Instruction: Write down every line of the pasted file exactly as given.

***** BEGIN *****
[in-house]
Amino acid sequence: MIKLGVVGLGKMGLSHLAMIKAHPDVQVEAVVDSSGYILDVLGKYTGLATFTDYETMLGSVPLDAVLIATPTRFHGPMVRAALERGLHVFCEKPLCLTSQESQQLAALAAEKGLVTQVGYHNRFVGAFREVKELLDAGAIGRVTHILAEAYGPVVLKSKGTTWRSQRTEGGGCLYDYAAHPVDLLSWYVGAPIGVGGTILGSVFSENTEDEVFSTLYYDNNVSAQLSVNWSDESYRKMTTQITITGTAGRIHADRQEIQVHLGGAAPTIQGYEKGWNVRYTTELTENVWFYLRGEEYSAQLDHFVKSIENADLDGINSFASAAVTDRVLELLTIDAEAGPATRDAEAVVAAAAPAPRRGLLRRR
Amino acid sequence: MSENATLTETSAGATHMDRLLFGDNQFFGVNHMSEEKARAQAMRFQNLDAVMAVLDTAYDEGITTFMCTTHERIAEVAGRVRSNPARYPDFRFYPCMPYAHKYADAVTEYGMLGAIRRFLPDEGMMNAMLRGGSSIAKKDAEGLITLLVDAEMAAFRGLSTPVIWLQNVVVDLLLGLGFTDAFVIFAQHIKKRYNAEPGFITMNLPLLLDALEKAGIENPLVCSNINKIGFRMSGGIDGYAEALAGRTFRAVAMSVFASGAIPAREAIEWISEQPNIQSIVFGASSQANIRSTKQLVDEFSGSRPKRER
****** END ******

[in-house]
Amino acid sequence: MIKLGVVGLGKMGLSHLAMIKAHPDVQVEAVVDSSGYILDVLGKYTGLATFTDYETMLGSVPLDAVLIATPTRFHGPMVRAALERGLHVFCEKPLCLTSQESQQLAALAAEKGLVTQVGYHNRFVGAFREVKELLDAGAIGRVTHILAEAYGPVVLKSKGTTWRSQRTEGGGCLYDYAAHPVDLLSWYVGAPIGVGGTILGSVFSENTEDEVFSTLYYDNNVSAQLSVNWSDESYRKMTTQITITGTAGRIHADRQEIQVHLGGAAPTIQGYEKGWNVRYTTELTENVWFYLRGEEYSAQLDHFVKSIENADLDGINSFASAAVTDRVLELLTIDAEAGPATRDAEAVVAAAAPAPRRGLLRRR
Amino acid sequence: MSENATLTETSAGATHMDRLLFGDNQFFGVNHMSEEKARAQAMRFQNLDAVMAVLDTAYDEGITTFMCTTHERIAEVAGRVRSNPARYPDFRFYPCMPYAHKYADAVTEYGMLGAIRRFLPDEGMMNAMLRGGSSIAKKDAEGLITLLVDAEMAAFRGLSTPVIWLQNVVVDLLLGLGFTDAFVIFAQHIKKRYNAEPGFITMNLPLLLDALEKAGIENPLVCSNINKIGFRMSGGIDGYAEALAGRTFRAVAMSVFASGAIPAREAIEWISEQPNIQSIVFGASSQANIRSTKQLVDEFSGSRPKRER